UCL News


ZOONET receives EU funding boost

3 February 2005

ZOONET, a Marie Curie research training network coordinated by UCL zoologist Dr Max Telford (Biology), has received a funding boost of €3.

Dr Max Telford 77million over four years from the European Union's Framework Programme Six (FP6). Encompassing nine laboratories across Europe, the network is concerned with an exciting new area of research called Evolutionary Developmental Biology (Evo-Devo).

Evo-Devo is the coalescence of classical evolutionary biology and modern molecular developmental genetics. It is characterised by its diversity of approaches - from bioinformatics through to developmental genetics and palaeontology. By combining their expertise, exponents of Evo-Devo are beginning to unravel many unsolved questions of animal evolution.

Dr Telford said: "It has long been recognised that a fly looks different to an earthworm because their paths of embryonic development differ. It follows that the evolution of differing animal forms must be underpinned by changes in the genes that govern their embryonic development. The ability to identify and compare these developmental genes using molecular genetic methods has led to the emergence of Evo-Devo. For the first time, scientists are able to ask how the evolution of animal body plans has occurred down to the level of the gene."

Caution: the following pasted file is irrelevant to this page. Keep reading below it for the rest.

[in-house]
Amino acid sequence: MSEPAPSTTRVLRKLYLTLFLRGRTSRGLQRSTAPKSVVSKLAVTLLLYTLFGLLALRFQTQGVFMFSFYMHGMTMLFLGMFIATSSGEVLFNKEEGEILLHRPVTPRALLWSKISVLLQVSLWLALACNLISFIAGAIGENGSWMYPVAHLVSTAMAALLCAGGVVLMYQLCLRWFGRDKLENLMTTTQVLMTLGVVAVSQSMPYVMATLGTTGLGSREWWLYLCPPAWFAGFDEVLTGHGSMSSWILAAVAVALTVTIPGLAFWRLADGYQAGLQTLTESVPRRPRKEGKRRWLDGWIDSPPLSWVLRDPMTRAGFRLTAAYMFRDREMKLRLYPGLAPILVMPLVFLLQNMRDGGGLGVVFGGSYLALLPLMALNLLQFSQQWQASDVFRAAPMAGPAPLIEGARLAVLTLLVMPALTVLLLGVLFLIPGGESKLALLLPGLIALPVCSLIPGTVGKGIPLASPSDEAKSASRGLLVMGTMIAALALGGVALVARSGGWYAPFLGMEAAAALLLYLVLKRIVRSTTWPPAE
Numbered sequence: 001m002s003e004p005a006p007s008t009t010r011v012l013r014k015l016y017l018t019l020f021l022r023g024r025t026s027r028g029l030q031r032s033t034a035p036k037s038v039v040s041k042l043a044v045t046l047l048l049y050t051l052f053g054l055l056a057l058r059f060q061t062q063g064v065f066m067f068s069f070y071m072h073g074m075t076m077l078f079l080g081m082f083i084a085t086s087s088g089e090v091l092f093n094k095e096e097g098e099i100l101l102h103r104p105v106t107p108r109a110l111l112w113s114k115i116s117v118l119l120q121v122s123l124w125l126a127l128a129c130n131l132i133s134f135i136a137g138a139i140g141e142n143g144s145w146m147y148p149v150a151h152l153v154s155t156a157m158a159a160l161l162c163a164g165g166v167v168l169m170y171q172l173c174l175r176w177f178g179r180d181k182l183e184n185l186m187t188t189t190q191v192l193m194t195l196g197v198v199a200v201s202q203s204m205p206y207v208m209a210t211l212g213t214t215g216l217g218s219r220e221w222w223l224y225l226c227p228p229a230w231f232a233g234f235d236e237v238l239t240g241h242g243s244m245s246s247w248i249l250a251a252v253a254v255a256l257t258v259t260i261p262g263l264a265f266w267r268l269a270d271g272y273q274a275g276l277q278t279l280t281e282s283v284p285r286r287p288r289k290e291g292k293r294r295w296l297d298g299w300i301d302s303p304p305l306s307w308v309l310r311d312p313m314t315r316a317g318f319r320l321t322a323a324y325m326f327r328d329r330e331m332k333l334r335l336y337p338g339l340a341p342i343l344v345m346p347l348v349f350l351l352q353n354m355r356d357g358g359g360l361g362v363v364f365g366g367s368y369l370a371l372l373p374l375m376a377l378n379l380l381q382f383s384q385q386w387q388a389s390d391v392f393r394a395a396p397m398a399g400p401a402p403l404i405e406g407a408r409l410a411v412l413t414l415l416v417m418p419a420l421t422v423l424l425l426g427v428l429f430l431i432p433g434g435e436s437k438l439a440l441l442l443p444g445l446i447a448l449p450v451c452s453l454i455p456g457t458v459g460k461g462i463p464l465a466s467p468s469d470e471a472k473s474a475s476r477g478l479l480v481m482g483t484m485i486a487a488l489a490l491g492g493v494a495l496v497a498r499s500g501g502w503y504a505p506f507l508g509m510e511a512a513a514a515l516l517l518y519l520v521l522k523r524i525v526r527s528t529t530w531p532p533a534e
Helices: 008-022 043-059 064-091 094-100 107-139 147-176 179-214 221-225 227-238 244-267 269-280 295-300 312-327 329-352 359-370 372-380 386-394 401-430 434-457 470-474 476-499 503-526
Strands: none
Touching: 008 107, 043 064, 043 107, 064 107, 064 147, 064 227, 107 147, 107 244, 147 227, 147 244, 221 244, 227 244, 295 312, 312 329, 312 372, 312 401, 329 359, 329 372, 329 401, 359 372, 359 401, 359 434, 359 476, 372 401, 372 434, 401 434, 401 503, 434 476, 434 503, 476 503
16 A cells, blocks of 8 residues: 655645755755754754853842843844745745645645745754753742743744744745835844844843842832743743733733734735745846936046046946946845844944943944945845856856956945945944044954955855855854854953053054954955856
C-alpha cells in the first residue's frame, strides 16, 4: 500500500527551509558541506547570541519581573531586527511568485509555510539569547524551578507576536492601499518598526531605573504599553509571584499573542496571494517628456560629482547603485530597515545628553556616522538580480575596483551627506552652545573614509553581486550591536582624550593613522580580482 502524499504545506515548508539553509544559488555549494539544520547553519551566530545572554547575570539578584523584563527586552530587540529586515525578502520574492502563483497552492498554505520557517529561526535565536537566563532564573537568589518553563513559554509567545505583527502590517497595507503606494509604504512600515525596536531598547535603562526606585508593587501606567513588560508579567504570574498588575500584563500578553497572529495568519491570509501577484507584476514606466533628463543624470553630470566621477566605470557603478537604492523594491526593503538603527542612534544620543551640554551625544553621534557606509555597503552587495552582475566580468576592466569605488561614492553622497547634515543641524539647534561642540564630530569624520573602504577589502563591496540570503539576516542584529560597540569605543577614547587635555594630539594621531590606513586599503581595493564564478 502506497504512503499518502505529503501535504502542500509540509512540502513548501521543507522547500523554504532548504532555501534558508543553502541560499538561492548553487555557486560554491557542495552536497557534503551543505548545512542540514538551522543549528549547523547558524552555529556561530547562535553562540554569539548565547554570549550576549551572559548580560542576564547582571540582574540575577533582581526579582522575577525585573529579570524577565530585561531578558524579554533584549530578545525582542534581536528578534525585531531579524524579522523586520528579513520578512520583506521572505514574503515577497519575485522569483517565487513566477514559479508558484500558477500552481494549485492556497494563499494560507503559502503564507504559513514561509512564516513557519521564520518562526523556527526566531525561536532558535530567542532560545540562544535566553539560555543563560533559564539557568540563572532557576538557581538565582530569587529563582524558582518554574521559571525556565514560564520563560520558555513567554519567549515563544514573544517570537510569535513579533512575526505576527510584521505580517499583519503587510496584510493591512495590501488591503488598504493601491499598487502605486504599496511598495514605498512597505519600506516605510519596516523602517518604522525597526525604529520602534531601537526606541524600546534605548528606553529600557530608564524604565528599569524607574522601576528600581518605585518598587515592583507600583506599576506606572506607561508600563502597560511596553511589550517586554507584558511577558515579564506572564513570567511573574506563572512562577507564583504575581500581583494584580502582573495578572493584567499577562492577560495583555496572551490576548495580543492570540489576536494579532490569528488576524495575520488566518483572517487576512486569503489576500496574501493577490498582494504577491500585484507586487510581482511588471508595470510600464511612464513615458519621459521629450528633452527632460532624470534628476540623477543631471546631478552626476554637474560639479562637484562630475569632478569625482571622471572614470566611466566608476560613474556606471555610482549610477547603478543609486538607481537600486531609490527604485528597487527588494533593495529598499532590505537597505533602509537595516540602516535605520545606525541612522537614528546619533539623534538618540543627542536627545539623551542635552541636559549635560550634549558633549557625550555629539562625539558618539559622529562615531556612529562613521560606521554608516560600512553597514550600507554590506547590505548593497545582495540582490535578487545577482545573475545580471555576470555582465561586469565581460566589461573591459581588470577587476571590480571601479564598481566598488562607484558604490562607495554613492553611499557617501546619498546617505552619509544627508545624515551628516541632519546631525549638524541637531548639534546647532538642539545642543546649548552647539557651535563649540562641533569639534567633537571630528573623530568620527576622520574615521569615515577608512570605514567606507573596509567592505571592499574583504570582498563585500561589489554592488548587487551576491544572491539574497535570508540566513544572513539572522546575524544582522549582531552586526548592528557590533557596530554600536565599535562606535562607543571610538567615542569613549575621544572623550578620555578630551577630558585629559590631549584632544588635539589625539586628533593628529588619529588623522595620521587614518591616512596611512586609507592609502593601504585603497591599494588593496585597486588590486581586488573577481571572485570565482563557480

ZOONET aims to boost European research and collaboration into Evo-Devo and to give broad, research-based training to a new generation of comparative zoologists. The funding will enable the network to employ nine doctoral students and nine postdoctoral fellows over the four years.

Dr Telford added: "The scope of ZOONET's research includes major issues of animal evolution such as the relationships among major animal groups, the origin of key evolutionary novelties - such as the brain, segmentation, and limbs - and the genetic mechanisms that underlie such morphological evolution in animals. This funding will enable us to address issues of great importance such as the relationship of so-called model organisms - fruit fly, earthworm and mouse - to other organisms of scientific, economic or medical interest as well as extending the use of technologies for the manipulation of gene function to non-model organisms. "

FP6 is the EU 's main instrument for the funding of research in Europe and is open to all public and private entities. The overall budget for the period 2003-2006 is €17.5 billion. UCL 's Director of Research Europe, Dr Ilse Vickers, can provide guidance for any UCL staff member considering applying to the programme.